December 6, 12 noon EST
Neery Velazquez & Arwyn Wild
By Gary Gunderson
Loma Linda University is famous as one of the “Blue Zones” marked by sharply higher average longevity. The Adventists like to brag about how in this zone it is common for 90-year-old men to die from wounds inflicted by their loves’ jealous husbands. Not a lot of data on that for obvious reasons.
Less funny is that across the highway from the Blue Zone is a red one, frequently illuminated by the flashing ambulance lights. And gun fire, coldly mundane and chillingly famous. The Inland Regional Center is less than two miles, so when the public health staff holiday party became a carnage house two years ago today, most of the dead and wounded came to Loma Linda hospital. The steady stream of quietly deadly chronic conditions follows the same route, just as dispiriting for the staff of a hospital built for prevention and wellness.
You’d think the long-lived Adventists on the hill would look the other way, lock that gate and turn toward the rich in the suburbs to the west and south.
Instead, they are heading right into the red and bitterly bruised streets of San Bernardino to build a gateway into the future so that the children and youth can not only be healed, but even more profoundly become the healers.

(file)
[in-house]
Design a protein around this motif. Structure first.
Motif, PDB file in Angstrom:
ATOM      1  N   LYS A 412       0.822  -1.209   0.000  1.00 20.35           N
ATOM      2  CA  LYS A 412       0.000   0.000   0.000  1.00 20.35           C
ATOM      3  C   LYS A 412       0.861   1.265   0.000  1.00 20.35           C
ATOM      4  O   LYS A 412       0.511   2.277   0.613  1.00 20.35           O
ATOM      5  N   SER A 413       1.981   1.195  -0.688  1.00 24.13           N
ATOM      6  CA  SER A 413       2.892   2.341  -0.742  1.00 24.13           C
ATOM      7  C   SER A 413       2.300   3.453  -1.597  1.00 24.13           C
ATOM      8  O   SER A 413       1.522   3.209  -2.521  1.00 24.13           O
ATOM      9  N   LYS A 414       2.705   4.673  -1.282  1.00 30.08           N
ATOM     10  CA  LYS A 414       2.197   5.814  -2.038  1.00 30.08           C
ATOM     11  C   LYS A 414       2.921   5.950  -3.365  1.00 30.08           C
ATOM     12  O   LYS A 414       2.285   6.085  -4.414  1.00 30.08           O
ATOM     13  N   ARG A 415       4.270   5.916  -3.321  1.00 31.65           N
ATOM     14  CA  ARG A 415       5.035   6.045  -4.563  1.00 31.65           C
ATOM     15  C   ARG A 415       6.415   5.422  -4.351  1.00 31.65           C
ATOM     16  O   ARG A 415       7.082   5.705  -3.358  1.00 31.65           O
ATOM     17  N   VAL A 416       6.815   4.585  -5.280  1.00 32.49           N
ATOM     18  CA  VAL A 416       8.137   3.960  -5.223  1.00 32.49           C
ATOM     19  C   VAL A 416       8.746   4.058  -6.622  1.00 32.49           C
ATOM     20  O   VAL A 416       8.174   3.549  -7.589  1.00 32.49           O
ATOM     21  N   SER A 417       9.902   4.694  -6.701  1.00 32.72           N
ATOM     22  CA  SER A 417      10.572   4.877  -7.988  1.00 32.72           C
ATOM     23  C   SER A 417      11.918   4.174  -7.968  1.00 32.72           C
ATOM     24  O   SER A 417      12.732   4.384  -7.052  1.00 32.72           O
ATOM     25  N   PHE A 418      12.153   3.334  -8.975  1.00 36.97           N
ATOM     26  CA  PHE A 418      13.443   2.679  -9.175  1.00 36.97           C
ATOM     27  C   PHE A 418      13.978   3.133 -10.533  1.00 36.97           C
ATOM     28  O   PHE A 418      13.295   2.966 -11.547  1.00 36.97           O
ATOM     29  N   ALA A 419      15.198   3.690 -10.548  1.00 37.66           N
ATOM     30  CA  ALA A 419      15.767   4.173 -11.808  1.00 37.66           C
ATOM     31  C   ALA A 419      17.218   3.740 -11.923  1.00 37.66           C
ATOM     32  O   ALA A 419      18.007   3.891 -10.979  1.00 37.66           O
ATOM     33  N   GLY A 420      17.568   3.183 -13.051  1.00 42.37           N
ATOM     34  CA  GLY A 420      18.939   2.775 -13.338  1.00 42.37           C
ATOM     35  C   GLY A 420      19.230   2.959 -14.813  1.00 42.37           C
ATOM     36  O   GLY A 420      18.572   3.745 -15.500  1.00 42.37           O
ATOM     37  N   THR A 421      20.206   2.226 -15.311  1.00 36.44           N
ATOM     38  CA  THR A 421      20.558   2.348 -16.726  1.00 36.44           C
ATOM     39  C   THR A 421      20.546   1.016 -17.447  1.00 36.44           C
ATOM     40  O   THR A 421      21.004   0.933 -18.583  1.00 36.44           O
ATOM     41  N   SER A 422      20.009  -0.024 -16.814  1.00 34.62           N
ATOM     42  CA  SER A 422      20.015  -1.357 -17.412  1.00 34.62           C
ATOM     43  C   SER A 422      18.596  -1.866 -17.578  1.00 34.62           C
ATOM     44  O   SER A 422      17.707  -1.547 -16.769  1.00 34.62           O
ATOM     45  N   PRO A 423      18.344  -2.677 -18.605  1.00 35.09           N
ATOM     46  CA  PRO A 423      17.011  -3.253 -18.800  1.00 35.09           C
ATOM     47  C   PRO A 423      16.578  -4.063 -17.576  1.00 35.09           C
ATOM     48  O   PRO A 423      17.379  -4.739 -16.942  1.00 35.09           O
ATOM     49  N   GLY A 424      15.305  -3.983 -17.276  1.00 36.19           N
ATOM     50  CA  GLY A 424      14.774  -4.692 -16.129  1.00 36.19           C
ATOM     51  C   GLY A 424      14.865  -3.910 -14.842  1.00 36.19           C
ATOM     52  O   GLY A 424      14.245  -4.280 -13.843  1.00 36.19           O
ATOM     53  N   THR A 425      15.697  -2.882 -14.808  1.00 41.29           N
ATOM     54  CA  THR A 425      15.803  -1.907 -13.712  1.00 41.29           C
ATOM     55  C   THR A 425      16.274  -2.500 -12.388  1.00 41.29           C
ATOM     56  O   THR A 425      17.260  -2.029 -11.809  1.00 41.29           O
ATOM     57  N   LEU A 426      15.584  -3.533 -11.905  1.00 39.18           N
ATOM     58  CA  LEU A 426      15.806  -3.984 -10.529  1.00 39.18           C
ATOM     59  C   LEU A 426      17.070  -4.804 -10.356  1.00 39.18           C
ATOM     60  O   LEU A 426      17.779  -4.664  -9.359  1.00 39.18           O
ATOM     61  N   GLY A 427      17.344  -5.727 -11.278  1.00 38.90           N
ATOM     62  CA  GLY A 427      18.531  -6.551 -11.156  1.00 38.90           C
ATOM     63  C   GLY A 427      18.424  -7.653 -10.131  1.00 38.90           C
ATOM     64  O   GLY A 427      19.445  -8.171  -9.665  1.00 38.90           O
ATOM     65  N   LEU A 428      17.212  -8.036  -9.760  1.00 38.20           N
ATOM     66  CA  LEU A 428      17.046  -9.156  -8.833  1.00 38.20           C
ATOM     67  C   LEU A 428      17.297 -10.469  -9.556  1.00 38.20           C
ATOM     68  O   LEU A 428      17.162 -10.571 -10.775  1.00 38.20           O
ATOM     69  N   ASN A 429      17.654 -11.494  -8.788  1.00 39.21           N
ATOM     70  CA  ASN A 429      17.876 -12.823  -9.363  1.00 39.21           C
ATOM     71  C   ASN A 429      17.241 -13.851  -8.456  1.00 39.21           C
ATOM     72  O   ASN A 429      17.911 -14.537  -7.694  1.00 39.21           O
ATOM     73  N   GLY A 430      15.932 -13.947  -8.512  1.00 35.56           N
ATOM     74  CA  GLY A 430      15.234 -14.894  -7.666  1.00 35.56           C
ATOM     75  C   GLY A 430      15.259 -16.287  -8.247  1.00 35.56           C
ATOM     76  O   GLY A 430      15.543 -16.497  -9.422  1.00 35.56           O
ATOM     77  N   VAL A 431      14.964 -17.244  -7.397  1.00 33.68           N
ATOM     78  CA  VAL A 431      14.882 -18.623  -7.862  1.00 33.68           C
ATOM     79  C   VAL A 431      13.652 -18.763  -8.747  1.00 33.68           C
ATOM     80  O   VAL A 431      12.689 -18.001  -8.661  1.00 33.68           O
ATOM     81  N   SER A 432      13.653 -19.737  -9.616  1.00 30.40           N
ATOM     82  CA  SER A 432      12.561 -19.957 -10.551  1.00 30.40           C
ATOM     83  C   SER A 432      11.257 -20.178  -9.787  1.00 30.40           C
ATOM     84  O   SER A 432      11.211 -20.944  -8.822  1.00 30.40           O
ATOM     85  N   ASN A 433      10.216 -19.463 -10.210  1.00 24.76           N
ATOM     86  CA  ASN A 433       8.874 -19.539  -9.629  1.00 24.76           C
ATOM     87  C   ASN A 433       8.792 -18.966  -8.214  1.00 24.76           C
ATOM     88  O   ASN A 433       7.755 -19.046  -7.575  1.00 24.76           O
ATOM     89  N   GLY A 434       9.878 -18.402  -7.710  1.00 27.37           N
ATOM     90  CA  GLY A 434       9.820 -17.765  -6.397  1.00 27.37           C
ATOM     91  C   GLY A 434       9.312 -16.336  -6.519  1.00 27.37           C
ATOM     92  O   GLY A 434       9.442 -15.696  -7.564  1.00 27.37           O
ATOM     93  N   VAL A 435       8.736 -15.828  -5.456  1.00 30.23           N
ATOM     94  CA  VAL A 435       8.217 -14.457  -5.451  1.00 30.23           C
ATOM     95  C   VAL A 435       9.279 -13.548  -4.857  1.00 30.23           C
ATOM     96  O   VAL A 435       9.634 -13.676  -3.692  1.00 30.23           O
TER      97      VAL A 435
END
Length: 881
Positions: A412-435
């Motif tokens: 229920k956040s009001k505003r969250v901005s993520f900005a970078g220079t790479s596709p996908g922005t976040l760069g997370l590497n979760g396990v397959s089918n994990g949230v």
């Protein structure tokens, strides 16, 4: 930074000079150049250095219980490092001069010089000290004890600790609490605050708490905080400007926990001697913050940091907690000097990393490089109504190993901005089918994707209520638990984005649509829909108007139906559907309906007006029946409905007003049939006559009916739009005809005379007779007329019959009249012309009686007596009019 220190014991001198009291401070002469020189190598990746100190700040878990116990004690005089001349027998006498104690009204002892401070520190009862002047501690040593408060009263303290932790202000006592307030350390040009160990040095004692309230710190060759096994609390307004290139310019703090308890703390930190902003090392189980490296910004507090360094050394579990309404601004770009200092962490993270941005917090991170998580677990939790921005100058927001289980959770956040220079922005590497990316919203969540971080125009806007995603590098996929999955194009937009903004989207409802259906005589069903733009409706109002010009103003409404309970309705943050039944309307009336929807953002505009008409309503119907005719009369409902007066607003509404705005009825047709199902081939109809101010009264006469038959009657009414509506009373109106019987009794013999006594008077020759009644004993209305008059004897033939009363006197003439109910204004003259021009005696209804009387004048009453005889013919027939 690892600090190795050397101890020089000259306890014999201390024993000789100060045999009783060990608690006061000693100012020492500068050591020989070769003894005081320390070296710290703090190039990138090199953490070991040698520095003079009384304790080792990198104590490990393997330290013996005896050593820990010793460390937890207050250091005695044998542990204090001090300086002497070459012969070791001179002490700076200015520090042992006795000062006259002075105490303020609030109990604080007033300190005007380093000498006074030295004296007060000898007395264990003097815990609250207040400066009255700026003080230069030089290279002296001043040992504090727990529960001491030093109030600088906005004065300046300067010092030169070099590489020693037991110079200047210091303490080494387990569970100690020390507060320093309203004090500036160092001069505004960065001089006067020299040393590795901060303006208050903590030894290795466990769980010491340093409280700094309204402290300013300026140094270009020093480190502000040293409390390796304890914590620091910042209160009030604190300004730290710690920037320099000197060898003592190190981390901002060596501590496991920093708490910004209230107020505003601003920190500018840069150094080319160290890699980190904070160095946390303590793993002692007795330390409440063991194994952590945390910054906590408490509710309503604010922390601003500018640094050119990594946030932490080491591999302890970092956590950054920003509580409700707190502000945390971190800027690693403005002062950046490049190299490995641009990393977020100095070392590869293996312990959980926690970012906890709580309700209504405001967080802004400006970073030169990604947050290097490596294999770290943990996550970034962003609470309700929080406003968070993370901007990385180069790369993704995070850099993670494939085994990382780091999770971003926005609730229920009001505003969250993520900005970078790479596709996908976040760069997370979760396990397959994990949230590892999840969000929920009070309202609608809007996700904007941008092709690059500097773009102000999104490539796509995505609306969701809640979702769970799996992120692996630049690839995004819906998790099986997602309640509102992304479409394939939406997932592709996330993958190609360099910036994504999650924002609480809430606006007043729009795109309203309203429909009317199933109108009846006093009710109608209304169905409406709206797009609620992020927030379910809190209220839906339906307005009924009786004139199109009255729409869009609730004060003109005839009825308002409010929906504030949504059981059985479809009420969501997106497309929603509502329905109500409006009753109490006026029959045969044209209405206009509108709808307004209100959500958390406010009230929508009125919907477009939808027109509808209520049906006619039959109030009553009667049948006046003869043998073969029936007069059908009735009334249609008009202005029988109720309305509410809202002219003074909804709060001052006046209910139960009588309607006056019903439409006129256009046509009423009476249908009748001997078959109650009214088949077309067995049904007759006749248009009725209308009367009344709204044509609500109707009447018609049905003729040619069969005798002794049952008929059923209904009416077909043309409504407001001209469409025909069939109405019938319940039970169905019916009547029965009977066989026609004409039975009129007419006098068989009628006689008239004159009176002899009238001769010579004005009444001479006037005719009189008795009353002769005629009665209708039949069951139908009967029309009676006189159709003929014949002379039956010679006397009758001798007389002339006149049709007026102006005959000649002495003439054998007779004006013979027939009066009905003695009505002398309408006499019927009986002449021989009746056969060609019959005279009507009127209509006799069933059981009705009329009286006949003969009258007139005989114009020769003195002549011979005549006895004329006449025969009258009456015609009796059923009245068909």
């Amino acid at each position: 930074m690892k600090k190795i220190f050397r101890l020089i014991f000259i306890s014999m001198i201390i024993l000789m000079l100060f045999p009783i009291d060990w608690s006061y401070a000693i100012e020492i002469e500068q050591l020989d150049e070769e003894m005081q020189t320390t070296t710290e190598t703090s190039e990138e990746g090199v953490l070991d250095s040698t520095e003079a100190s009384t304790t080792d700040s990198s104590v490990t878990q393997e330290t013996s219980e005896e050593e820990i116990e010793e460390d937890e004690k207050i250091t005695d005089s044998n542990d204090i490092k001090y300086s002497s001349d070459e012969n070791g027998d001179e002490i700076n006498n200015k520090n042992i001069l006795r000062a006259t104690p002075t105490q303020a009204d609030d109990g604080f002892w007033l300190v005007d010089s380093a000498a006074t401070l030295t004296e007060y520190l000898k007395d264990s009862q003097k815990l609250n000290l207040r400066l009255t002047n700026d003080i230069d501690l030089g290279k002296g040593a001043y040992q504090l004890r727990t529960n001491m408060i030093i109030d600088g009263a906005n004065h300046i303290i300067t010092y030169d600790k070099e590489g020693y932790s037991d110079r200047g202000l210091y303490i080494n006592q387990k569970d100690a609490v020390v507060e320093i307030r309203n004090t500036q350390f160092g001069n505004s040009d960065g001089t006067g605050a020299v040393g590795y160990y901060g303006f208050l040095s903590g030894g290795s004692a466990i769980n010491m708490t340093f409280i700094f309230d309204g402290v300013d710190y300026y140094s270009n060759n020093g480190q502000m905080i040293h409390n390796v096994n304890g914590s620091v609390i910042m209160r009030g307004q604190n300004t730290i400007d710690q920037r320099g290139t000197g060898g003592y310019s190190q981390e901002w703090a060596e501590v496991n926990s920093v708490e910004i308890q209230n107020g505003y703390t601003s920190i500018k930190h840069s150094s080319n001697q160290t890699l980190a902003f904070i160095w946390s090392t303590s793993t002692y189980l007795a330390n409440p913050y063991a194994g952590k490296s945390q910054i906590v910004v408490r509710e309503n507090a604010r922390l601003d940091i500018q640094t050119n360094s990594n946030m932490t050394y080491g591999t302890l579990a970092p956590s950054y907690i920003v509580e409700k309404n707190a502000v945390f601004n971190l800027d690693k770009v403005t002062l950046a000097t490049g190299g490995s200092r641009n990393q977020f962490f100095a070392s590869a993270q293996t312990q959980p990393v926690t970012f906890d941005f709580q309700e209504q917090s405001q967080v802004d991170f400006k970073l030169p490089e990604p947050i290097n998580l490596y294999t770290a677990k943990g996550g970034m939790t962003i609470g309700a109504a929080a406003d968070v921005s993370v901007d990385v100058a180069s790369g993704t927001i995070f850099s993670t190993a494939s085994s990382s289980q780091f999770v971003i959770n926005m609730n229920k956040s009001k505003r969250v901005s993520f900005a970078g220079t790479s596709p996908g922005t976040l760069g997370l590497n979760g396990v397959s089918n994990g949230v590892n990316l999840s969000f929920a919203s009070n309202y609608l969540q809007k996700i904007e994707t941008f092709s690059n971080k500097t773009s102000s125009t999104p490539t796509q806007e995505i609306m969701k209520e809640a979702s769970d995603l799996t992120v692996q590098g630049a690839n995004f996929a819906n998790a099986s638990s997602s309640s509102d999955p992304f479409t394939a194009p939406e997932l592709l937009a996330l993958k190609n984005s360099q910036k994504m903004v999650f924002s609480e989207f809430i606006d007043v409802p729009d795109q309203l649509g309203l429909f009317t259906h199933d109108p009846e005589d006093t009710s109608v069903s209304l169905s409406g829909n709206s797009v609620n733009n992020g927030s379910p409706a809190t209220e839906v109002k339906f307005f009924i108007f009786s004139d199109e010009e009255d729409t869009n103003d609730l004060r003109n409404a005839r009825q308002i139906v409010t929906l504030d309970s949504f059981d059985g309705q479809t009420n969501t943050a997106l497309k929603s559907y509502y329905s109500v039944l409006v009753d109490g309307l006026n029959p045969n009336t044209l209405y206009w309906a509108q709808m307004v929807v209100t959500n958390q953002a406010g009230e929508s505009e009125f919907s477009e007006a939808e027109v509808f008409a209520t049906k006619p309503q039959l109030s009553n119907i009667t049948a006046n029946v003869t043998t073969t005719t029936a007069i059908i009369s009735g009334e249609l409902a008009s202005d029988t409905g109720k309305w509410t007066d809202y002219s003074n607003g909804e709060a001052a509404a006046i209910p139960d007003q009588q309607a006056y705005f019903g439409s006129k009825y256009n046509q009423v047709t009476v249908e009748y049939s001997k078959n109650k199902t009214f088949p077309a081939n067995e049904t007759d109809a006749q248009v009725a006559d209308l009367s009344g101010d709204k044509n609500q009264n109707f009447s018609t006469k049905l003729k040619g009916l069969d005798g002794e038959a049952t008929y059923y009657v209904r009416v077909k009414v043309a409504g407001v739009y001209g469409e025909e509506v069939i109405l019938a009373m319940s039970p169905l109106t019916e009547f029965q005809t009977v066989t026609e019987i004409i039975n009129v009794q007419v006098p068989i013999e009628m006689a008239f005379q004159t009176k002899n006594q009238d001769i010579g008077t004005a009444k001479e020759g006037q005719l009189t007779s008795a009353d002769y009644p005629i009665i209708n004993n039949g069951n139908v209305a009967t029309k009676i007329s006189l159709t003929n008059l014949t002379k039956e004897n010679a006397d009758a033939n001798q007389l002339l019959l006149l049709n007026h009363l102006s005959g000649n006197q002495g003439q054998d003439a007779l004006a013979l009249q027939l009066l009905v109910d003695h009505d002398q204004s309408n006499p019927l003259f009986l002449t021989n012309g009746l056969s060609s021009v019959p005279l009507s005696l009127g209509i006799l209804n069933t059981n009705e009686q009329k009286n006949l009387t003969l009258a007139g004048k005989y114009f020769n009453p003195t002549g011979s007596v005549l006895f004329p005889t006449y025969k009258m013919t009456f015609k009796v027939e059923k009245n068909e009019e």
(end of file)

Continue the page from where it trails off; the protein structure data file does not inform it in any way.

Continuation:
If you can learn about the San Manuel Gateway College and not feel your heart breaking open with hope, you’re just not paying attention. It is just a 10 minute drive on the other side of the Inland Regional Center on land nobody would call beautiful. But even from the parking lot, it vibrates with hopeful energy. It is a community health center, among the more fully equipped you’ll find anywhere. But the beauty is the students drawn from the neighborhoods usually left long behind and forgotten. Every hue and language you’d imagine finding in Southern California, including children of the First People. Some are women becoming prometores, the very front lines of prevention and health promotion. Others are medical residents learning the arts of humility along with medicine. Some are high school students finding their passion for healing with a clear line of sight to becoming a nurse, a doctor or other professional.
It’s called Gateway, but its more like an on-ramp, maybe launching pad.
Loma Linda University is driven by mission and led by a CEO, Richard H. Hart, MD, DrPH, who practiced in the community health center now at the heart of Gateway when he was in medical school himself. He will tell you this is not a story of what the University is giving away; but how it is investing in ways that are illuminated by the long term intelligence about health and wellness, spirit and justice. Who do you think is hiring all those many-hued, richly diverse graduates? When you act with intelligence and humility, it’s amazing who invests along with you: the First People here happen to own a cansio which made it is possible for them to co-invest in Gateway. Other major funds came from Oklahoma from a non-Adventists business man who recognized brilliance from afar.
Adventists are too humble for their own good sometimes, keeping their light to themselves. Anything going on at Gateway College could be happening in hundreds of other communities with a hospital smart and brave enough to, follow the ambulances back its surrounding neighborhoods and declare them home.
Images: Loma Linda University Health